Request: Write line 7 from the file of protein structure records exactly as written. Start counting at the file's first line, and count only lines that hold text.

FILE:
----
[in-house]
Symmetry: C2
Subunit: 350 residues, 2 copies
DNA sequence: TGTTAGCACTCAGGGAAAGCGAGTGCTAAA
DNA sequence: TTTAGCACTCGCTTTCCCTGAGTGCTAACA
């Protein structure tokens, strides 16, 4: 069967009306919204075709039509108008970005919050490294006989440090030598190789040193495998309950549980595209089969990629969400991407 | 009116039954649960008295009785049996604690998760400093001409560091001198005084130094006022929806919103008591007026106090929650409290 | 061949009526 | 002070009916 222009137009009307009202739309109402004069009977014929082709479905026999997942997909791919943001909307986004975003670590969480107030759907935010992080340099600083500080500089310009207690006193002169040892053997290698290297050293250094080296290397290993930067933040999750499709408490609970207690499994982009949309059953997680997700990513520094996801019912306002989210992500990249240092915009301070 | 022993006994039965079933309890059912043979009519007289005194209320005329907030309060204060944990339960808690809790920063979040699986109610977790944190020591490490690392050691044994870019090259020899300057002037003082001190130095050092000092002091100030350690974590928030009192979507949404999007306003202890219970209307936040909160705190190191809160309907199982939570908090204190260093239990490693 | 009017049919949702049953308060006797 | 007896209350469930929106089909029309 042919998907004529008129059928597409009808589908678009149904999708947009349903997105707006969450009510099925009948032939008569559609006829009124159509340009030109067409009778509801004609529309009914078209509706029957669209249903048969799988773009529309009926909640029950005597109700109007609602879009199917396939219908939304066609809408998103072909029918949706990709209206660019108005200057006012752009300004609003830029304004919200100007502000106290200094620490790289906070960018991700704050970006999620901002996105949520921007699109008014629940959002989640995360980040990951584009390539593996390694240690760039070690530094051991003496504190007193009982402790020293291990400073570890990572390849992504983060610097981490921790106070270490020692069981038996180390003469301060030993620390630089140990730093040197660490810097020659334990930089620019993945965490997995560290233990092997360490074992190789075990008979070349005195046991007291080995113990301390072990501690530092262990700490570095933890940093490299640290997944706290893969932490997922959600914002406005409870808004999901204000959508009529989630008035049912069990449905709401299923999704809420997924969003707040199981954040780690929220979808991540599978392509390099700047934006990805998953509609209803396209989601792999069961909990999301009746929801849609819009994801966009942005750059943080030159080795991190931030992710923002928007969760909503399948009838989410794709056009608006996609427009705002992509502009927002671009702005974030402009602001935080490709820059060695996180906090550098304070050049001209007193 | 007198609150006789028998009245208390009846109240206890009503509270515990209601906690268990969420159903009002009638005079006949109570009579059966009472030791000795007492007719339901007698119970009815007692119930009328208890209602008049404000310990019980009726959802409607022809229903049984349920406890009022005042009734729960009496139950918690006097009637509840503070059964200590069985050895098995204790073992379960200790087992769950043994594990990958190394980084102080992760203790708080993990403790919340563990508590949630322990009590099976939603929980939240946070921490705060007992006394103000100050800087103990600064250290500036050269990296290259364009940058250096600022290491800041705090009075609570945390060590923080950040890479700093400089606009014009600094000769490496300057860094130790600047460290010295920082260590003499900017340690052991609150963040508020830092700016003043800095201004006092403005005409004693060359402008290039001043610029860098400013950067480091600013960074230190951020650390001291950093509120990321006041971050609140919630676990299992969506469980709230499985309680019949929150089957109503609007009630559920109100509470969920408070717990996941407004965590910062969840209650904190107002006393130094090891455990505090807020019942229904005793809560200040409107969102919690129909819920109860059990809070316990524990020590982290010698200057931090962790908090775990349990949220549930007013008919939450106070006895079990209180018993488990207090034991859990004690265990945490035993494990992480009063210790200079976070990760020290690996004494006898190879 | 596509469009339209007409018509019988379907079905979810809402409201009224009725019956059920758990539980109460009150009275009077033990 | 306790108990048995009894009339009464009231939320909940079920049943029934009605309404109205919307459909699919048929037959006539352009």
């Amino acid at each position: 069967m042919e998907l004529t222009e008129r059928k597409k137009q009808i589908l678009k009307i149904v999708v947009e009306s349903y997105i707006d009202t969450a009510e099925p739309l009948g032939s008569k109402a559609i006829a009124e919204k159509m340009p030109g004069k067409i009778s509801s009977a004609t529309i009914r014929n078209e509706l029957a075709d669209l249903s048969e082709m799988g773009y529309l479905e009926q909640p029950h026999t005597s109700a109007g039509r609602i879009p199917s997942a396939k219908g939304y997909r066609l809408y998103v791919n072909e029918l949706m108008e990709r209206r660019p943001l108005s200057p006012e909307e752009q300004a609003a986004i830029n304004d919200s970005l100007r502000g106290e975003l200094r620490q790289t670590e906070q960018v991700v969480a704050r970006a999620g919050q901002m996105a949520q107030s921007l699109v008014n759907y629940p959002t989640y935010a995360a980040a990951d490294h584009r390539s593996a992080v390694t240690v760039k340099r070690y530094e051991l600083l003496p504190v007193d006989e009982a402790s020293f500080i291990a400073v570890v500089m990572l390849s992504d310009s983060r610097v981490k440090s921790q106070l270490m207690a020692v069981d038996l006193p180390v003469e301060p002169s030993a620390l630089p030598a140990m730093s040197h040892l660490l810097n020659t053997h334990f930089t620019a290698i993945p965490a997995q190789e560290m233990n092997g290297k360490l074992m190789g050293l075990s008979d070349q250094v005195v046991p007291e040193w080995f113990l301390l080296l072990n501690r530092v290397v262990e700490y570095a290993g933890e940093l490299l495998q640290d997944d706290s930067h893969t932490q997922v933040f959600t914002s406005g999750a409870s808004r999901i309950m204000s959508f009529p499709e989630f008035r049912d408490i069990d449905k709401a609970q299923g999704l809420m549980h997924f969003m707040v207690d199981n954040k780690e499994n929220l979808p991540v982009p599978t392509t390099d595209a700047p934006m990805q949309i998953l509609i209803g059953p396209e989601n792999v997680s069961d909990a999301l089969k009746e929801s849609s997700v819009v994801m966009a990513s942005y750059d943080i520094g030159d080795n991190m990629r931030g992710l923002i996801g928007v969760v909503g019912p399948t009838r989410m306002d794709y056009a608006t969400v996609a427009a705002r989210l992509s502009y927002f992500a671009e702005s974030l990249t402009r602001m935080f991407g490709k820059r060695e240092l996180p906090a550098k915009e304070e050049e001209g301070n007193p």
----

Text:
């Amino acid at each position: 069967m042919e998907l004529t222009e008129r059928k597409k137009q009808i589908l678009k009307i149904v999708v947009e009306s349903y997105i707006d009202t969450a009510e099925p739309l009948g032939s008569k109402a559609i006829a009124e919204k159509m340009p030109g004069k067409i009778s509801s009977a004609t529309i009914r014929n078209e509706l029957a075709d669209l249903s048969e082709m799988g773009y529309l479905e009926q909640p029950h026999t005597s109700a109007g039509r609602i879009p199917s997942a396939k219908g939304y997909r066609l809408y998103v791919n072909e029918l949706m108008e990709r209206r660019p943001l108005s200057p006012e909307e752009q300004a609003a986004i830029n304004d919200s970005l100007r502000g106290e975003l200094r620490q790289t670590e906070q960018v991700v969480a704050r970006a999620g919050q901002m996105a949520q107030s921007l699109v008014n759907y629940p959002t989640y935010a995360a980040a990951d490294h584009r390539s593996a992080v390694t240690v760039k340099r070690y530094e051991l600083l003496p504190v007193d006989e009982a402790s020293f500080i291990a400073v570890v500089m990572l390849s992504d310009s983060r610097v981490k440090s921790q106070l270490m207690a020692v069981d038996l006193p180390v003469e301060p002169s030993a620390l630089p030598a140990m730093s040197h040892l660490l810097n020659t053997h334990f930089t620019a290698i993945p965490a997995q190789e560290m233990n092997g290297k360490l074992m190789g050293l075990s008979d070349q250094v005195v046991p007291e040193w080995f113990l301390l080296l072990n501690r530092v290397v262990e700490y570095a290993g933890e940093l490299l495998q640290d997944d706290s930067h893969t932490q997922v933040f959600t914002s406005g999750a409870s808004r999901i309950m204000s959508f009529p499709e989630f008035r049912d408490i069990d449905k709401a609970q299923g999704l809420m549980h997924f969003m707040v207690d199981n954040k780690e499994n929220l979808p991540v982009p599978t392509t390099d595209a700047p934006m990805q949309i998953l509609i209803g059953p396209e989601n792999v997680s069961d909990a999301l089969k009746e929801s849609s997700v819009v994801m966009a990513s942005y750059d943080i520094g030159d080795n991190m990629r931030g992710l923002i996801g928007v969760v909503g019912p399948t009838r989410m306002d794709y056009a608006t969400v996609a427009a705002r989210l992509s502009y927002f992500a671009e702005s974030l990249t402009r602001m935080f991407g490709k820059r060695e240092l996180p906090a550098k915009e304070e050049e001209g301070n007193p």